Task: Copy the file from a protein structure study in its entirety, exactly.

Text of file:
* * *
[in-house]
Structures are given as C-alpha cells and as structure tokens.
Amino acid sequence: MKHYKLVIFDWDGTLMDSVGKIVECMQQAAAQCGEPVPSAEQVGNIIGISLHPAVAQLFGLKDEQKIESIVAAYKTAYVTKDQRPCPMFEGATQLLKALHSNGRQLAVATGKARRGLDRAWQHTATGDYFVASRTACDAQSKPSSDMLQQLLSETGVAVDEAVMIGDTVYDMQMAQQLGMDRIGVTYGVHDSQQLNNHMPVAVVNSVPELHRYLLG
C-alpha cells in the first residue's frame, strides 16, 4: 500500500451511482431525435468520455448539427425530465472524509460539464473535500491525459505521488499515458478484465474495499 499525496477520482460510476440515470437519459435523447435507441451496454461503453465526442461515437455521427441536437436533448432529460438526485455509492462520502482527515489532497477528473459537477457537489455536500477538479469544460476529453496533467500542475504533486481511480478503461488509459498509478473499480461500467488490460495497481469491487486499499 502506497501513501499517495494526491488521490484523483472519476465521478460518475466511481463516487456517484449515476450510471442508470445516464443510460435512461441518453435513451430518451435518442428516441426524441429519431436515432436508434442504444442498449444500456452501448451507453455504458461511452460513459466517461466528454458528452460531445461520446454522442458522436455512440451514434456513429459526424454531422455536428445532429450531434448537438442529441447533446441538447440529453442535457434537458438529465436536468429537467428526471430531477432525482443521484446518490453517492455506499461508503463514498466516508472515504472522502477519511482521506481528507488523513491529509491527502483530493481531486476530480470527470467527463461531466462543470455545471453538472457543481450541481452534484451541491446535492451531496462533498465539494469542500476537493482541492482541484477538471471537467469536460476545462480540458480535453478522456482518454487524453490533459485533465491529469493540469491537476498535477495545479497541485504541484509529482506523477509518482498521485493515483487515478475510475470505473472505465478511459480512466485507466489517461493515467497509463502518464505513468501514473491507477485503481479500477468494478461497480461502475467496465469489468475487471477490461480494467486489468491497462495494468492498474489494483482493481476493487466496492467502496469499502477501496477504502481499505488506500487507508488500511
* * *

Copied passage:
[in-house]
Structures are given as C-alpha cells and as structure tokens.
Amino acid sequence: MKHYKLVIFDWDGTLMDSVGKIVECMQQAAAQCGEPVPSAEQVGNIIGISLHPAVAQLFGLKDEQKIESIVAAYKTAYVTKDQRPCPMFEGATQLLKALHSNGRQLAVATGKARRGLDRAWQHTATGDYFVASRTACDAQSKPSSDMLQQLLSETGVAVDEAVMIGDTVYDMQMAQQLGMDRIGVTYGVHDSQQLNNHMPVAVVNSVPELHRYLLG
C-alpha cells in the first residue's frame, strides 16, 4: 500500500451511482431525435468520455448539427425530465472524509460539464473535500491525459505521488499515458478484465474495499 499525496477520482460510476440515470437519459435523447435507441451496454461503453465526442461515437455521427441536437436533448432529460438526485455509492462520502482527515489532497477528473459537477457537489455536500477538479469544460476529453496533467500542475504533486481511480478503461488509459498509478473499480461500467488490460495497481469491487486499499 502506497501513501499517495494526491488521490484523483472519476465521478460518475466511481463516487456517484449515476450510471442508470445516464443510460435512461441518453435513451430518451435518442428516441426524441429519431436515432436508434442504444442498449444500456452501448451507453455504458461511452460513459466517461466528454458528452460531445461520446454522442458522436455512440451514434456513429459526424454531422455536428445532429450531434448537438442529441447533446441538447440529453442535457434537458438529465436536468429537467428526471430531477432525482443521484446518490453517492455506499461508503463514498466516508472515504472522502477519511482521506481528507488523513491529509491527502483530493481531486476530480470527470467527463461531466462543470455545471453538472457543481450541481452534484451541491446535492451531496462533498465539494469542500476537493482541492482541484477538471471537467469536460476545462480540458480535453478522456482518454487524453490533459485533465491529469493540469491537476498535477495545479497541485504541484509529482506523477509518482498521485493515483487515478475510475470505473472505465478511459480512466485507466489517461493515467497509463502518464505513468501514473491507477485503481479500477468494478461497480461502475467496465469489468475487471477490461480494467486489468491497462495494468492498474489494483482493481476493487466496492467502496469499502477501496477504502481499505488506500487507508488500511